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Many of this year's Oscar nominees spotlight struggling working-class heroes

Many of this year's Oscar nominees spotlight struggling working-class heroes
Many of this year's crop of Oscar-contending movies have working class sensibilities and concerns. (Illustration by Chris Morris / For The Times)

We've seen "The Grapes of Wrath," "Slumdog Millionaire" and even the poverty of this season's "Mudbound," films in which the main characters struggle simply to survive financially. But Hollywood rarely shines a more nuanced light on the experience of being broke in America, the lower-middle class, struggling not for survival so much as to keep its heads above water financially.

As film producer Eli Bush says, "Although it's largely absent in most movies, class in America is incredibly important in how we define our identity, how we see ourselves, how we see each other."

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This Oscar season, Hollywood hasn't turned away from those distinctions. Filmmakers have conjured a rich array of working-class heroes for whom every buck counts. Consider, Marion McPherson (Oscar-nominated Laurie Metcalf) in "Lady Bird," who works double shifts as a nurse to keep her Sacramento family afloat and who shops at thrift stores for her daughter's fancy gown. From sea to shining sea, economic malaise also co-stars in "The Florida Project," "I, Tonya," "Roman J. Israel, Esq." and "Three Billboards Outside Ebbing, Missouri."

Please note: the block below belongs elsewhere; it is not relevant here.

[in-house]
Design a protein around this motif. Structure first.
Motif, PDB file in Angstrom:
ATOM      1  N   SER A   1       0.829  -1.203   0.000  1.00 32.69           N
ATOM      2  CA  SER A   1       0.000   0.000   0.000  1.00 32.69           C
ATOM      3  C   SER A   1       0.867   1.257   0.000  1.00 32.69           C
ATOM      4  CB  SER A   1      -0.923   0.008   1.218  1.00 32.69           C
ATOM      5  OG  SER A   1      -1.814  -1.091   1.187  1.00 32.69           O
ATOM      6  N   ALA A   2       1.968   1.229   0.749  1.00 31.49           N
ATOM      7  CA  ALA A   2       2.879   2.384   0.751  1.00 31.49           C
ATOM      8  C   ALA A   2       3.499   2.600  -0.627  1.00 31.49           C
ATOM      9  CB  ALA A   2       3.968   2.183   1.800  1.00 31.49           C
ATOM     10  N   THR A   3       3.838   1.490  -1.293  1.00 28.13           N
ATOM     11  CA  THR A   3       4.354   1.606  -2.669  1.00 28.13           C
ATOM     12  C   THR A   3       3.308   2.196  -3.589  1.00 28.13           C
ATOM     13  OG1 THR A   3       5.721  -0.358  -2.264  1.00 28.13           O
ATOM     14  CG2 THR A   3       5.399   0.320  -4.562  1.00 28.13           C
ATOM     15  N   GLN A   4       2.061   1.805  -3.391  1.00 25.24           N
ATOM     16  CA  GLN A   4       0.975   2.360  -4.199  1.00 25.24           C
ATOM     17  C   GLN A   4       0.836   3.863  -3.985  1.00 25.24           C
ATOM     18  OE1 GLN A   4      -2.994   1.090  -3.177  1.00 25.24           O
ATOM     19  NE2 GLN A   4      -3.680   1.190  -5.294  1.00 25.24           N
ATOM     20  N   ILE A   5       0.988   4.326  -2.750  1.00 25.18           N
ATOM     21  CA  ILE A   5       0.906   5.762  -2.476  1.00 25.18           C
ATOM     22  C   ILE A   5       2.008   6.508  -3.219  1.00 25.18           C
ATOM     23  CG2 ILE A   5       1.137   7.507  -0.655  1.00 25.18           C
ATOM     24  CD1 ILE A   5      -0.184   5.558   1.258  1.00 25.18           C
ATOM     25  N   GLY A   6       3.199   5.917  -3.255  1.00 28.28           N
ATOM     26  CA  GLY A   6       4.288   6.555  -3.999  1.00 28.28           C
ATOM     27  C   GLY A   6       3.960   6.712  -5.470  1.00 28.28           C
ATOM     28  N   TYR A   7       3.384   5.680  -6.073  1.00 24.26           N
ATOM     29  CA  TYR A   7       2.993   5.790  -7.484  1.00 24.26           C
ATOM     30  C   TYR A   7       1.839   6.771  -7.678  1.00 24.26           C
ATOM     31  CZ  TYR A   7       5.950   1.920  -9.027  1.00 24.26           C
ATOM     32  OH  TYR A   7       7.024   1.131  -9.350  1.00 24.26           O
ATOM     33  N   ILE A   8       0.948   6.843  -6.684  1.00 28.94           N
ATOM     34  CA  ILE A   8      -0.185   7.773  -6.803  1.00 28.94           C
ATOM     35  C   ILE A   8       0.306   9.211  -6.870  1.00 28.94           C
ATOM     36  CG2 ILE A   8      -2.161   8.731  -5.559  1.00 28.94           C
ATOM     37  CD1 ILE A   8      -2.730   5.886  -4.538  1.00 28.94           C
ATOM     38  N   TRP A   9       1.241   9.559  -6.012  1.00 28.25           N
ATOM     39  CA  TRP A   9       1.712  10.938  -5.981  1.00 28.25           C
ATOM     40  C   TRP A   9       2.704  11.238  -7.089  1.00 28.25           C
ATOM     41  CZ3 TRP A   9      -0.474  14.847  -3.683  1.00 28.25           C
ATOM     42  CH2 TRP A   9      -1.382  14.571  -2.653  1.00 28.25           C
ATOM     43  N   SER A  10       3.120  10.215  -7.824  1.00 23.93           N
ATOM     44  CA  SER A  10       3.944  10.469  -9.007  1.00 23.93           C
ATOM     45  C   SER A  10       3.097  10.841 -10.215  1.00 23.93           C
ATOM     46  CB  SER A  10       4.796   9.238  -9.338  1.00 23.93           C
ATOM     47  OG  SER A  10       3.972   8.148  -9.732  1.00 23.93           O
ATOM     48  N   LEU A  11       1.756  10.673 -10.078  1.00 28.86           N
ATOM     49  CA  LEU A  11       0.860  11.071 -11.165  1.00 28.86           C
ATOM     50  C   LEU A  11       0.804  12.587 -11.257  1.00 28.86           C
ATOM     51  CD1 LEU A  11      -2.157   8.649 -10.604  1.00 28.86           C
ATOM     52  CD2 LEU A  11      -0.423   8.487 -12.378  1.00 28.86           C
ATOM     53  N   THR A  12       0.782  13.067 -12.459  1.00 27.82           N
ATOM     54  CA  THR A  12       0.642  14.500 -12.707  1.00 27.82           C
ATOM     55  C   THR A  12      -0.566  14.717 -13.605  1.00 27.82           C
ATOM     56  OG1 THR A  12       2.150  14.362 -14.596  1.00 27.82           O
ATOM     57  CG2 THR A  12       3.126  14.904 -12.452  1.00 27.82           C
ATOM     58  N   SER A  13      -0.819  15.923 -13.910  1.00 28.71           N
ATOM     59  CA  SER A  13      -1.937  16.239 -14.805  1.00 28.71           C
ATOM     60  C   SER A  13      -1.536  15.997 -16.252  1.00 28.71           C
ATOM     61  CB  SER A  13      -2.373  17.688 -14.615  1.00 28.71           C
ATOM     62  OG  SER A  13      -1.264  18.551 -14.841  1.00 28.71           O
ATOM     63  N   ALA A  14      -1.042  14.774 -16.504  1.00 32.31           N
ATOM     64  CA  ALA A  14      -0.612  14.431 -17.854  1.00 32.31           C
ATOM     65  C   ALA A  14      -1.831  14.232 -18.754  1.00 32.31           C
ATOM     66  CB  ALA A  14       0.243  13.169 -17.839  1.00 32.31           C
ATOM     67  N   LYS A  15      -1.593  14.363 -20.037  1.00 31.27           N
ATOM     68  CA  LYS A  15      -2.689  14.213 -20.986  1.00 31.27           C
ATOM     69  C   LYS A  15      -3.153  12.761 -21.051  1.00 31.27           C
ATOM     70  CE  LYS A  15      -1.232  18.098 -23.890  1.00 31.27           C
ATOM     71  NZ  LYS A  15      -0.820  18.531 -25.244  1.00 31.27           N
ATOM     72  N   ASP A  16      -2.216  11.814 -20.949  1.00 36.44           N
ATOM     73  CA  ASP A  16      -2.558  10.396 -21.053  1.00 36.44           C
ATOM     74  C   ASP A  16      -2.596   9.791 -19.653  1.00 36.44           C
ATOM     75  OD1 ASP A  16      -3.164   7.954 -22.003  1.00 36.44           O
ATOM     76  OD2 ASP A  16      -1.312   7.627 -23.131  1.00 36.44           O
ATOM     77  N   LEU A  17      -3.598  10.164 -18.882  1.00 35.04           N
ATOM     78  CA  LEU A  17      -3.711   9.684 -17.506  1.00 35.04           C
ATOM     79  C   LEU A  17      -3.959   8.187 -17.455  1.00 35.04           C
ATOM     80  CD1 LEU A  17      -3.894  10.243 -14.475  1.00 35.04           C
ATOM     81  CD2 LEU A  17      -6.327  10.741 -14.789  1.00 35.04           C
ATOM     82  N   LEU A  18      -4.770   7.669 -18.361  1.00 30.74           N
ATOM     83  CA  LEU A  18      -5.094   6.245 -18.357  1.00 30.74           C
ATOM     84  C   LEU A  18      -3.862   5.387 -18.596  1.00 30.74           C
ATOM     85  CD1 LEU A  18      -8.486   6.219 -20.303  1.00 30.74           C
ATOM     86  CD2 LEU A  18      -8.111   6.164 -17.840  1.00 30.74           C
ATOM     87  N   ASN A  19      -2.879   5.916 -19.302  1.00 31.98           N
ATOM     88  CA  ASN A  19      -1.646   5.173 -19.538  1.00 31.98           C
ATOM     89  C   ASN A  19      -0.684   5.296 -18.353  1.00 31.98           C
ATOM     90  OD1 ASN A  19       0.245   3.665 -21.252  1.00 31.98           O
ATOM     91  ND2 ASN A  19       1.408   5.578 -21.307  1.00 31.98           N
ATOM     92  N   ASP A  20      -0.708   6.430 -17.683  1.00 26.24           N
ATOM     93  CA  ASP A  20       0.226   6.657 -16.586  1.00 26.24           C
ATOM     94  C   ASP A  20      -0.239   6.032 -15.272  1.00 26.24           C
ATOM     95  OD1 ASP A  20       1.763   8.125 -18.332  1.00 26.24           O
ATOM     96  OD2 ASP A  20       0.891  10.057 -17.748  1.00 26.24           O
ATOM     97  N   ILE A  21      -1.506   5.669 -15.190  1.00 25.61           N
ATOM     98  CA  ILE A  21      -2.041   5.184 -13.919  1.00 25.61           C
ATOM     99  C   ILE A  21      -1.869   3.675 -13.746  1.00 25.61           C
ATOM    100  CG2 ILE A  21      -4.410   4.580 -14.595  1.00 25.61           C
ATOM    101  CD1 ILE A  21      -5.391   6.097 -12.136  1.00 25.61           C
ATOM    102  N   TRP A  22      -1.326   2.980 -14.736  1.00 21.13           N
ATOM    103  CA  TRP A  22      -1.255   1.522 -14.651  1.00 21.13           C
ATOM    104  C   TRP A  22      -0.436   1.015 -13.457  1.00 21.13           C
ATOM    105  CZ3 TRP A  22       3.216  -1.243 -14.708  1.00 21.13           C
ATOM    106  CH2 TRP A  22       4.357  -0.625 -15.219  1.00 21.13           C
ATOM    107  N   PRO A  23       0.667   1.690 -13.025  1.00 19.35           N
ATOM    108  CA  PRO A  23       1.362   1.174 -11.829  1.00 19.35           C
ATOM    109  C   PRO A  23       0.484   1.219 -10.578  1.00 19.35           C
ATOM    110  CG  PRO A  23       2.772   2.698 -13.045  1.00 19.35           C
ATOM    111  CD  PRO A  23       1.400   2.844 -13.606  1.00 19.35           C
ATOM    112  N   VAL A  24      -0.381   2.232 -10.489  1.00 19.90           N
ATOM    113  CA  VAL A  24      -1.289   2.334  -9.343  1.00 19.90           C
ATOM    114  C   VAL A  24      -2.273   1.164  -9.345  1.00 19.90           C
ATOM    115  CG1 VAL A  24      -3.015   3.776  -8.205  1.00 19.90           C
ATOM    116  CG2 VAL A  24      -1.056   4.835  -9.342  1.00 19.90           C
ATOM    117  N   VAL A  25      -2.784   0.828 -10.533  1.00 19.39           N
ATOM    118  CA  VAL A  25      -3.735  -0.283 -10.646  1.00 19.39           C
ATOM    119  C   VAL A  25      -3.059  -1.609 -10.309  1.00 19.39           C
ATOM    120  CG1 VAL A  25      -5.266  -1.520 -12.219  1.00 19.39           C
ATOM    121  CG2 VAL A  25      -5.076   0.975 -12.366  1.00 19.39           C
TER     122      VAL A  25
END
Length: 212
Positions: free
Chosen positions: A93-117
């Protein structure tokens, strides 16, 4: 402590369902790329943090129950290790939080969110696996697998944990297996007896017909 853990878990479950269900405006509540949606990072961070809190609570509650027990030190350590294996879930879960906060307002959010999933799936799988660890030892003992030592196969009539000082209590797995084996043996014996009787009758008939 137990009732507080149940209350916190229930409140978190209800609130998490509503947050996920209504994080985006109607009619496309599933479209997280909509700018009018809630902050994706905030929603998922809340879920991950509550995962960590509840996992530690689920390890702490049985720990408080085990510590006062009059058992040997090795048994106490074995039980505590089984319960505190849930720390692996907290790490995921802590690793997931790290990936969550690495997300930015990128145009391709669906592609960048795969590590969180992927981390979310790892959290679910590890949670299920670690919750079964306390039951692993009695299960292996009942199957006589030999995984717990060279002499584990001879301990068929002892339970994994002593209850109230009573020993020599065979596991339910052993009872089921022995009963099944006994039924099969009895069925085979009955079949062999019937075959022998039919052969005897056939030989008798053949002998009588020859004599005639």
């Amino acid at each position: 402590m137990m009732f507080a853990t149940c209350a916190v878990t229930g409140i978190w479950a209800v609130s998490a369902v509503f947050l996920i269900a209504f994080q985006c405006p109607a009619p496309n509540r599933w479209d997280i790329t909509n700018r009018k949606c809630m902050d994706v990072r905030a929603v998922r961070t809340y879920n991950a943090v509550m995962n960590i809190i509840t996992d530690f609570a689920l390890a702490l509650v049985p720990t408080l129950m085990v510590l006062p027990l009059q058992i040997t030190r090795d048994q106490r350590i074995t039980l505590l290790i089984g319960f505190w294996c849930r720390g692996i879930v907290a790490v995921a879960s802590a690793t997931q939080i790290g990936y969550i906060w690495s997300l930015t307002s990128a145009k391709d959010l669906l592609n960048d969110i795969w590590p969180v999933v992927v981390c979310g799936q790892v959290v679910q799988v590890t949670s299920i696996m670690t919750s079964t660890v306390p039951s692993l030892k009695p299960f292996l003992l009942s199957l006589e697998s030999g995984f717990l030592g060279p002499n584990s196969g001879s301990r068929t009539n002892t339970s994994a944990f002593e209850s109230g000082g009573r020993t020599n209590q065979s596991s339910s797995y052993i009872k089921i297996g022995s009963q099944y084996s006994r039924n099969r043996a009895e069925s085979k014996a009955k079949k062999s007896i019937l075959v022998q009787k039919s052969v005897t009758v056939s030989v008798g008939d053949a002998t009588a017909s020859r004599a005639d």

"Lady Bird"

The declining fortunes of America's middle class get powerfully personalized in the mother-daughter dynamic driving Greta Gerwig's "Lady Bird." Metcalf's perpetually stressed Sacramento mom struggles to pay the bills while status-conscious daughter (Oscar-nominated Saoirse Ronan) becomes so embarrassed by her own modest home that she pretends to live in a rich classmate's house. Bush says, "It was really important to Greta to have these characters navigate money and class issues. For better or worse, material things matter."

Margot Robbie plays infamous figure skater Tonya Harding in "I, Tonya," while Sebastian Stan plays Harding's nearly-as-infamous ex-husband Jeff Gillooly. The Times spoke with the actors at the Toronto International Film Festival, where "I, Tonya" made its world premiere, about bringing the real-life couple's highly unconventional love story to the screen.

"I, Tonya"

In "I, Tonya," Tonya Harding's financially tight upbringing in Washington state speaks volumes about the scrappy Olympic skater (Oscar-nominated Margot Robbie). "The reason they hated Tonya Harding so much was that she was poor," contends Steven Rogers, who wrote the screenplay. "That was her big crime, and it's also part of what attracted me to the story. I wanted to talk about class in America and Tonya's life in particular." Perpetually short on money, Harding dropped out of high school at age 15 and wore home-made skating outfits because she couldn't afford professional costumes. Until she won over critics with her sheer athleticism, judges were not impressed. "In the skating world," Rogers says, "they were looking for the princess, and Tonya was the maid."

Allison Janney as LaVona Golden in a scene from "I, Tonya."